Bornstein RA, Baker GB, Carroll A, King G, Wong JT, Douglass AB. Plasma amino acids in attention deficit disorder. Psychiatry Research. 1990;33(3):301-306.

Bowen DJ, Spring B, Fox E. Tryptophan and high-carbohydrate diets as adjuncts to smoking cessation therapy. Journal of Behavioral Medicine. 1991;14(2):97-110.

Castell LM, Yamamoto T, Phoenix J, Newsholme EA. The role of tryptophan in fatigue in different conditions of stress. Advances in Experimental and Medical Biology. 1999;467:697-704.

Cauffield JS, Forbes HJ. Dietary supplements used in the treatment of depression, anxiety, and sleep disorders. Lippincotts Primary Care Practice. 1999;3(3):290-304.

Cavaliere H, Medeiros-Neto G. The anorectic effect of increasing doses of L-tryptophan in obese patients. Eating and Weight Disorders. 1997;2(4):211-215.

Comings DE. Serotonin and the biochemical genetics of alcoholism: lessons from studies of attention deficit hyperactivity disorder (ADHD) and Tourette syndrome. Alcohol and Alcoholism Supplement. 1993;2:237-241.

Comings DE. Blood serotonin and tryptophan in Tourette syndrome. American Journal of Medical Genetics. 1990;36(4):418-430.

Delgado PL, Price LH, Miller HL, et al. Serotonin and the neurobiology of depression. Effects of tryptophan depletion in drug-free depressed patients. Archives of General Psychiatry. 1994;51(11):865-874.

Devoe LD, Castillo RA, Searle NS, Searle JR. Maternal dietary substrates and human fetal biophysical activity. The effects of tryptophan and glucose on fetal breathing movements. American Journal of Obstetrics and Gynecology. 1986;155(1):135-139.

Dick K. Molecule of the Month. Tryptophan. Advanced Chemistry Development. June 2002. Available at: http://www.acdlabs.com/publish/tryptophan/index.html. Accessed December 8, 2003.

Etzel KR, Stockstill JW, Rugh JD, Fisher JG. Tryptophan supplementation for nocturnal bruxism: report of negative results. Journal of Craniomandibular Disorders. 1991;5(2):115-120.

Fukuwatari T, Morikawa Y, Sugimoto E, Shibata K. Effects of fatty liver induced by niacin-free diet with orotic acid on the metabolism of tryptophan to niacin in rats. Biosciences, Biotechnology and Biochemistry. 2002 ;66(6):1196-1204.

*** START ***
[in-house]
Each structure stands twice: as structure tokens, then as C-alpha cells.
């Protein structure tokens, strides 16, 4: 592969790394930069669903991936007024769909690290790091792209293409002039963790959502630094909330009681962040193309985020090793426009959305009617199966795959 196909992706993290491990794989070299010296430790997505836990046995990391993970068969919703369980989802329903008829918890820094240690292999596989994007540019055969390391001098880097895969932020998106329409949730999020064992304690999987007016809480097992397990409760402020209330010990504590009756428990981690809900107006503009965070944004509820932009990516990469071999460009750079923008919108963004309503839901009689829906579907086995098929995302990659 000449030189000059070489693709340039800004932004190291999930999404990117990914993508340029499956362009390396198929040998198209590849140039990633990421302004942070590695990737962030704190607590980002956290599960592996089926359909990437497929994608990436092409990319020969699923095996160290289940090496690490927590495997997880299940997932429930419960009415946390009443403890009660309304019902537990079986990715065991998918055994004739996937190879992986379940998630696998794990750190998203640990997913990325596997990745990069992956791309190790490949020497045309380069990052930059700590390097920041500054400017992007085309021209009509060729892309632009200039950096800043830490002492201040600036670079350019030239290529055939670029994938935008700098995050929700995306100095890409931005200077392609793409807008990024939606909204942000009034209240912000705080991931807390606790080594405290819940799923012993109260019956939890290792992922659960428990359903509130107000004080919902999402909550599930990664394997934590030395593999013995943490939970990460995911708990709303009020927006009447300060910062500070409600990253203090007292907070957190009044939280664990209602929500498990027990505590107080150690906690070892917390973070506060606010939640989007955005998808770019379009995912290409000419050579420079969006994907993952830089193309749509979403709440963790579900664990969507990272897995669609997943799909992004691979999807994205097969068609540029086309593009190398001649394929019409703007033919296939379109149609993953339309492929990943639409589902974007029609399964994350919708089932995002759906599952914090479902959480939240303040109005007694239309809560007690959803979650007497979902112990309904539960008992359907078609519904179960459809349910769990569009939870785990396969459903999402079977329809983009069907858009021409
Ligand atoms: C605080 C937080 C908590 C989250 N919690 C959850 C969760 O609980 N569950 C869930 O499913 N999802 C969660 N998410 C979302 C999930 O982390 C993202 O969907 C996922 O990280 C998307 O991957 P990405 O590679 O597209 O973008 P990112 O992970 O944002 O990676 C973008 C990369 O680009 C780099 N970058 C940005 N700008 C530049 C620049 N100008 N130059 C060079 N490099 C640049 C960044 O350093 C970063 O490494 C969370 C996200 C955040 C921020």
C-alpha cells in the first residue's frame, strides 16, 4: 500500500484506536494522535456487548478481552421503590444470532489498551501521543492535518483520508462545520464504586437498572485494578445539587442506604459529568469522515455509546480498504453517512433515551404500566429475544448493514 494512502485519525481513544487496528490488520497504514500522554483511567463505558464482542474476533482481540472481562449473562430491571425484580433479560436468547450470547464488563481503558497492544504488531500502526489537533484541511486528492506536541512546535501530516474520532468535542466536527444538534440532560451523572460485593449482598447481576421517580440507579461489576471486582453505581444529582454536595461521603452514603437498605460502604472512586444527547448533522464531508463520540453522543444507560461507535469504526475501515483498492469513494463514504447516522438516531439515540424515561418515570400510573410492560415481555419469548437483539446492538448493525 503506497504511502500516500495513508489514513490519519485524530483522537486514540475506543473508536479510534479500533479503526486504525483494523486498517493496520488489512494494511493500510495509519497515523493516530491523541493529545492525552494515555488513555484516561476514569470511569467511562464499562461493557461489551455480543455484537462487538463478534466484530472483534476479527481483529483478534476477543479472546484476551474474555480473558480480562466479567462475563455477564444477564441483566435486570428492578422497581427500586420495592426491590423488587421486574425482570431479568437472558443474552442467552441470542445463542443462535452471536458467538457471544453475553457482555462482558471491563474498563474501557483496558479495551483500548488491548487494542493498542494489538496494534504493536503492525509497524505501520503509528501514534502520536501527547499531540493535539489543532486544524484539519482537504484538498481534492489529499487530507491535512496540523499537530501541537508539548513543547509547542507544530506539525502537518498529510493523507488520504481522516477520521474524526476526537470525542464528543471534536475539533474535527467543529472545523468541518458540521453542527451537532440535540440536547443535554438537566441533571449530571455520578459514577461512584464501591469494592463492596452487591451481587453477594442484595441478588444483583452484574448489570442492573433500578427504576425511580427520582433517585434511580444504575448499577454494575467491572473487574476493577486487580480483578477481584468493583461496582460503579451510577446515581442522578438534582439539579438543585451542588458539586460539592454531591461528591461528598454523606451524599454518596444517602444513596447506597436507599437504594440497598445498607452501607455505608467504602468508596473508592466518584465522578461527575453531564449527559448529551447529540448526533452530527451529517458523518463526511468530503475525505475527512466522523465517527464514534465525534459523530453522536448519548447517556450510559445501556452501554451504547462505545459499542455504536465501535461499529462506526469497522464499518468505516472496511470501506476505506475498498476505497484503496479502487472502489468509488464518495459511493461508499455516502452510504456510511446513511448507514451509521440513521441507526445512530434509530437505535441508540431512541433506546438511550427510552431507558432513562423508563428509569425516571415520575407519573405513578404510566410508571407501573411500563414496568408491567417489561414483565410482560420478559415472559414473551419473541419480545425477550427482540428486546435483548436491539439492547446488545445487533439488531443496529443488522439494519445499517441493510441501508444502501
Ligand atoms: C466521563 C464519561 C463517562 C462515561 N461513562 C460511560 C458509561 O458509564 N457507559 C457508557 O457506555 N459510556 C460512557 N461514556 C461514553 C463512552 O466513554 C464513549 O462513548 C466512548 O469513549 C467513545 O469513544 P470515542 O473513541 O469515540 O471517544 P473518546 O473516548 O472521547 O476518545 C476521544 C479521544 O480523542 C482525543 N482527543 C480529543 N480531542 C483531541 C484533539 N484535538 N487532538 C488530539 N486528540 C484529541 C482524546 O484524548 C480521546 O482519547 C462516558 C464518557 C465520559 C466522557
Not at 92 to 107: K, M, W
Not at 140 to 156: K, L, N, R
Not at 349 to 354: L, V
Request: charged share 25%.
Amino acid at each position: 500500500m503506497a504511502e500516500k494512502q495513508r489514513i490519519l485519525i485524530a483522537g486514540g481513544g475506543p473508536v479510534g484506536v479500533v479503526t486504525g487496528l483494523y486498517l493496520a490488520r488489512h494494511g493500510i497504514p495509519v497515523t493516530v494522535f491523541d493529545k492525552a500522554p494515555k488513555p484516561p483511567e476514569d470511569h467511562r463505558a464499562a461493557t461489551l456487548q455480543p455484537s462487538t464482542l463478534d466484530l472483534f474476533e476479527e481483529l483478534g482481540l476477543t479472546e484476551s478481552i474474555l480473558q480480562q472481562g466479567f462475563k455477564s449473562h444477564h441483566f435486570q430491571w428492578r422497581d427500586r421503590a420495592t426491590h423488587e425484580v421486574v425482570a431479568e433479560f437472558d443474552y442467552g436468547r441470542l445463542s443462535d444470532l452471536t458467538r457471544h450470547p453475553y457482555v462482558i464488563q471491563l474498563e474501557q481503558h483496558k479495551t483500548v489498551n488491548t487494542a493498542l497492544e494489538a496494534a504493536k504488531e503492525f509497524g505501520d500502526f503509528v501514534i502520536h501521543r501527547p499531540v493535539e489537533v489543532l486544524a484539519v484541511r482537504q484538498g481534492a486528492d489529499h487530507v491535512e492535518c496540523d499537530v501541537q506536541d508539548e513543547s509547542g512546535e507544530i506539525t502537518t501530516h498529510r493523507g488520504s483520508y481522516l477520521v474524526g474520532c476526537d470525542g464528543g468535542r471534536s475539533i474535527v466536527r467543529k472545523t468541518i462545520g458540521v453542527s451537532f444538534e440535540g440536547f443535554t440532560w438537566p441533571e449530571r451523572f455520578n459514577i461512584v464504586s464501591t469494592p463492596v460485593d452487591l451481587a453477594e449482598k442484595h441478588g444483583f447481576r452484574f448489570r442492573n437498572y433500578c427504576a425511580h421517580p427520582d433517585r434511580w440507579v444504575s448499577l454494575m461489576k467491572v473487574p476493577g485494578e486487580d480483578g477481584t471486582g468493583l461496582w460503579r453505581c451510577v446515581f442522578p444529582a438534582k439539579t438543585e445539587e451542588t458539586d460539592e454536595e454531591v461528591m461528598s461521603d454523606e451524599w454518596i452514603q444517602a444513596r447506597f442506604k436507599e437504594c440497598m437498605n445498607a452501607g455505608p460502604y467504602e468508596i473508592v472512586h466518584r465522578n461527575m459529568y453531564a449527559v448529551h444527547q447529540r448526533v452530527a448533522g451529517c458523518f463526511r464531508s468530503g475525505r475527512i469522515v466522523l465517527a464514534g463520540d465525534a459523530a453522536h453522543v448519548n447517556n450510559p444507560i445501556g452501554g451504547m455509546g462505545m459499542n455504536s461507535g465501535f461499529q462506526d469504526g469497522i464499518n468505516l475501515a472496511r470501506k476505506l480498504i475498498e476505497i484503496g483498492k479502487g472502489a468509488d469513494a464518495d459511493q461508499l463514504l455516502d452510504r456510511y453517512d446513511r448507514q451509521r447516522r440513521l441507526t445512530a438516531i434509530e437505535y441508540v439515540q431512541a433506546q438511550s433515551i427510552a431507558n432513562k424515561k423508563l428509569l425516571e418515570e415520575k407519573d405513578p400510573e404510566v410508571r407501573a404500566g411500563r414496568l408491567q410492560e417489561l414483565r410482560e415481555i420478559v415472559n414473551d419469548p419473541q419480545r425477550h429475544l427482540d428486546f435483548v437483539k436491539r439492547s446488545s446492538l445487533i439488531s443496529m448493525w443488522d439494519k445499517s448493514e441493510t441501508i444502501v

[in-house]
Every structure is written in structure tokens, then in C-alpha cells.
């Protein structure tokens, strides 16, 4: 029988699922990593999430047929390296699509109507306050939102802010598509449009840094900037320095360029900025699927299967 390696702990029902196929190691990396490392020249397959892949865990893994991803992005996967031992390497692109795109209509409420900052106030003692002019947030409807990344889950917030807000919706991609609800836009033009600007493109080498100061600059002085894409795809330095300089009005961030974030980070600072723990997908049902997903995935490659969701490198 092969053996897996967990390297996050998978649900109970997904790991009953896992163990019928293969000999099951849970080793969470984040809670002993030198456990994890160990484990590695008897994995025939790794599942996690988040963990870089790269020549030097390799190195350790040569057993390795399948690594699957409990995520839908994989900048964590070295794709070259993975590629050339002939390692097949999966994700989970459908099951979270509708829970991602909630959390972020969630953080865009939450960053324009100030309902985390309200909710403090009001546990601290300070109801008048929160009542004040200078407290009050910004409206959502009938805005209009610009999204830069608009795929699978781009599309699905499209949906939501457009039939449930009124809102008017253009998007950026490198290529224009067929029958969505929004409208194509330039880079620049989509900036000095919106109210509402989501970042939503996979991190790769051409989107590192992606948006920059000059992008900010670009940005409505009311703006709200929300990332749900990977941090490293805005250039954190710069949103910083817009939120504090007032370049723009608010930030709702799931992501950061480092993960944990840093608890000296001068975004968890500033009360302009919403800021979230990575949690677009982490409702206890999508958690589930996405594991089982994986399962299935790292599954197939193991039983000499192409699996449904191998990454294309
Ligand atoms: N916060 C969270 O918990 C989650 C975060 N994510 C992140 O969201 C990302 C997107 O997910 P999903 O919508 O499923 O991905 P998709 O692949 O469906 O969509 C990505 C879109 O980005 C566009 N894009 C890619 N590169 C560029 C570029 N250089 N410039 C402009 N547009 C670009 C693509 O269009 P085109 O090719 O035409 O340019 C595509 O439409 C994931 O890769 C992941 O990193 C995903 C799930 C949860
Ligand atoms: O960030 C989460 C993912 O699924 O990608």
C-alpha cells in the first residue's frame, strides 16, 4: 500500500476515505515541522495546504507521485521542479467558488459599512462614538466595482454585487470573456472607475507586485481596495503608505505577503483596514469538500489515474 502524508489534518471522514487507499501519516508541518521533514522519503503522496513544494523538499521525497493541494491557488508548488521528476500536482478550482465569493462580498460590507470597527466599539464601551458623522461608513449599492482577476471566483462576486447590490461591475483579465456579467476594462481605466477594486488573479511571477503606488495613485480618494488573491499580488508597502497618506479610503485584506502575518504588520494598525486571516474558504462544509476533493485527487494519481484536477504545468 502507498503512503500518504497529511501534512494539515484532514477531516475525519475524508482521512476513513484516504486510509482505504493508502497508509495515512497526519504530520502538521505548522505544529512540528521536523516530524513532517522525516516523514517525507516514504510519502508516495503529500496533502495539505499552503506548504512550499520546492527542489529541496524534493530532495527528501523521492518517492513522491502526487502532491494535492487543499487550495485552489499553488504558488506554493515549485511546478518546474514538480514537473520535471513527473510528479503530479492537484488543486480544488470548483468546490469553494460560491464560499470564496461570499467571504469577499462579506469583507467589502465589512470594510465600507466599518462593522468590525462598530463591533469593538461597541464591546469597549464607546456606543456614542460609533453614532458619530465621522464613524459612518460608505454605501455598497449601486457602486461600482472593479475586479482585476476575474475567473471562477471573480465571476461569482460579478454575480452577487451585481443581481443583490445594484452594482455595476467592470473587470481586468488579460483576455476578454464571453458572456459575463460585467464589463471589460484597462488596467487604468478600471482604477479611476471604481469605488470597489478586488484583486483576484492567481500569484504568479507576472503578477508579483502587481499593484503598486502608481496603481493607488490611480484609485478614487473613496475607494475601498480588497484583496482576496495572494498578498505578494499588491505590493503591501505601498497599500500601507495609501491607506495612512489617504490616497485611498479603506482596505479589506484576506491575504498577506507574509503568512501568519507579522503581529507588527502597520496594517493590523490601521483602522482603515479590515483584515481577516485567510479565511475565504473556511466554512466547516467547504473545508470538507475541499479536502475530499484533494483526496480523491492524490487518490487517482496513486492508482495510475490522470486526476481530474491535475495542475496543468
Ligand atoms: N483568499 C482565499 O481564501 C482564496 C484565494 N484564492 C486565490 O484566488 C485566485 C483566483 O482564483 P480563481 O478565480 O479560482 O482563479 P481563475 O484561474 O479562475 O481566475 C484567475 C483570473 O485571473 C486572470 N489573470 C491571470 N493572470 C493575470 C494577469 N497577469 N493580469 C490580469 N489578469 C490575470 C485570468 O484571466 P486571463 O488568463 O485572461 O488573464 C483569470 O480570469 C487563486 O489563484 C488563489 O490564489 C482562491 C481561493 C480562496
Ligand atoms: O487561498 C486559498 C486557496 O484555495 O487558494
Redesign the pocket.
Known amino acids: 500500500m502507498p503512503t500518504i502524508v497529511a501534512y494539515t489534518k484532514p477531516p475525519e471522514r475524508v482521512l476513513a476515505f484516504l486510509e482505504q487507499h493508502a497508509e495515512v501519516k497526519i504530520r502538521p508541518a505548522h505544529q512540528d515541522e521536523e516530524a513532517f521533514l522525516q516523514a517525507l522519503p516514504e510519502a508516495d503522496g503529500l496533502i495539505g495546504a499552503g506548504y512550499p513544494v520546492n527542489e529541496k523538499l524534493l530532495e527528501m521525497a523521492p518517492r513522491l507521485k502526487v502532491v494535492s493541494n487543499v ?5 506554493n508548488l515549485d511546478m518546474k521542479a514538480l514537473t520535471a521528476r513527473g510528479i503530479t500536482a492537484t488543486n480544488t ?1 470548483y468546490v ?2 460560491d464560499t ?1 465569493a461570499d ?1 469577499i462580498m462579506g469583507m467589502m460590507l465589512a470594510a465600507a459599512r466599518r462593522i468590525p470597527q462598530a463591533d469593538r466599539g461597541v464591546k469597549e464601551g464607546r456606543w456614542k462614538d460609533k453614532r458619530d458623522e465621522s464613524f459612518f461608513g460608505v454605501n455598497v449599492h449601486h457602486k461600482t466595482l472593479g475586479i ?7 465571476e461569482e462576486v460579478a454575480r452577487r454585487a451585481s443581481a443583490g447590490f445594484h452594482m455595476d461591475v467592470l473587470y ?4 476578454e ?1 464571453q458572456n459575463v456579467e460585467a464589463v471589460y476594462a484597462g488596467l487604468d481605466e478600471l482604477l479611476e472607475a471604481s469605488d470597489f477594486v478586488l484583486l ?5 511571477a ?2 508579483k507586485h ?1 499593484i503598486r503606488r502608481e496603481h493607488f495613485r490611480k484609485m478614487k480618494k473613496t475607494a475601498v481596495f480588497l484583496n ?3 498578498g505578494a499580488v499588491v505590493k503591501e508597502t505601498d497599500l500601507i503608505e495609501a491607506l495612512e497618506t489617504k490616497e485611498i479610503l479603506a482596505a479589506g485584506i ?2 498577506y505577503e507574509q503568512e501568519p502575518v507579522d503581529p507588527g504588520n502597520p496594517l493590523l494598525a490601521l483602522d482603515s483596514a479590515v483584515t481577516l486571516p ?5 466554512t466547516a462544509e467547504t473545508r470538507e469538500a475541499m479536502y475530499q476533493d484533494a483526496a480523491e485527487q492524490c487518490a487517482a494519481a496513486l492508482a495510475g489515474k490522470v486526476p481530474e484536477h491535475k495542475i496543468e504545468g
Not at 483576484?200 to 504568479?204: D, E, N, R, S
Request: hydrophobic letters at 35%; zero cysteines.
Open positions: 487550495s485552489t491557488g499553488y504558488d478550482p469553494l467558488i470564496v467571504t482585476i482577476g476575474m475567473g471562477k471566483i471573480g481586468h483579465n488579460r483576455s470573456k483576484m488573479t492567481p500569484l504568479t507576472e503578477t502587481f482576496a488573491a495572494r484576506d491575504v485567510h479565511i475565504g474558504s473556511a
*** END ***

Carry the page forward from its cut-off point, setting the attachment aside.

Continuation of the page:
Ghadirian AM, Murphy BE, Gendron MJ. Efficacy of light versus tryptophan therapy in seasonal affective disorder. Journal of Affective Disorders. 1998;50(1):23-27.

Ghose K. l-Tryptophan in hyperactive child syndrome associated with epilepsy: a controlled study. Neuropsychobiology. 1983;10(2-3):111-114.

Hartmann E, Spinweber CL. Sleep induced by L-tryptophan. Effect of dosages within the normal dietary intake. Journal of Nervous and Mental Diseases. 1979;167(8):497-499.

Hatch DL, Goldman LR. Reduced severity of eosinophilia-myalgia syndrome associated with consumption of vitamin-containing supplements before illness. Archives of Internal Medicine. 1993;153(20):2368-2373.

Heine WE. The significance of tryptophan in infant nutrition. Advances in Experimental Medicine and Biology. 1999;467:705-710.

Hoshino Y, Ohno Y, Yamamoto T, Kaneko M, Kumashiro H. Plasma free tryptophan concentration in children with attention deficit disorder. Folia of Psychiatry and Neurology of Japan. 1985;39(4):531-535.

Hughes JR, Stead LF, Lancaster T. Antidepressants for smoking cessation. Cochrane Database Systematic Review. 2003;(2):CD000031.

Ivey M, Eichenhorn MS, Glasberg MR, Hyzy RC. Hypercapnic respiratory failure due to L-tryptophan-induced eosinophilic polymyositis. Chest. 1991;99(3):756-757.

Jellin JM, Gregory P, Batz F, Hitchens K, et al, eds. Pharmacist's Letter/Prescriber's Letter. Natural Medicines Comprehensive Database, 3rd Edition. Stockton CA: Therapeutic Research Facility, 2000.

Johnson SK, Wagner GC, Fischer H. Neurochemical and motor effects of high dose haloperidol treatment: exacerbation by tryptophan supplementation. Proceedings of the Society for Experimental Biology and Medicine. 1992;200(4):571-575.

Kamb ML, Murphy JJ, Jones JL, Caston JC, Nederlof K, Horney LF, Swygert LA, Falk H, Kilbourne EM. Eosinophilia-myalgia syndrome in L-tryptophan-exposed patients. Journal of the American Medical Association. 1992;267(1):77-82.

Klarskov K, Johnson KL, Benson LM, Gleich GJ, Naylor S. Eosinophilia-myalgia syndrome case-associated contaminants in commercially available 5-hydroxytryptophan. Adv Exp Med Biol. 1999;467:461-8.

Kreider RB, Miriel V, Bertun E. Amino acid supplementation and exercise performance. Analysis of the proposed ergogenic value. Sports Medicine. 1993;16(3):190-209.

Levitan RD, Shen JH, Jindal R, Driver HS, Kennedy SH, Shapiro CM. Preliminary randomized double-blind placebo-controlled trial of tryptophan combined with fluoxetine to treat major depressive disorder: antidepressant and hypnotic effects. Journal of Psychiatry and Neuroscience. 2000;25(4):337-346.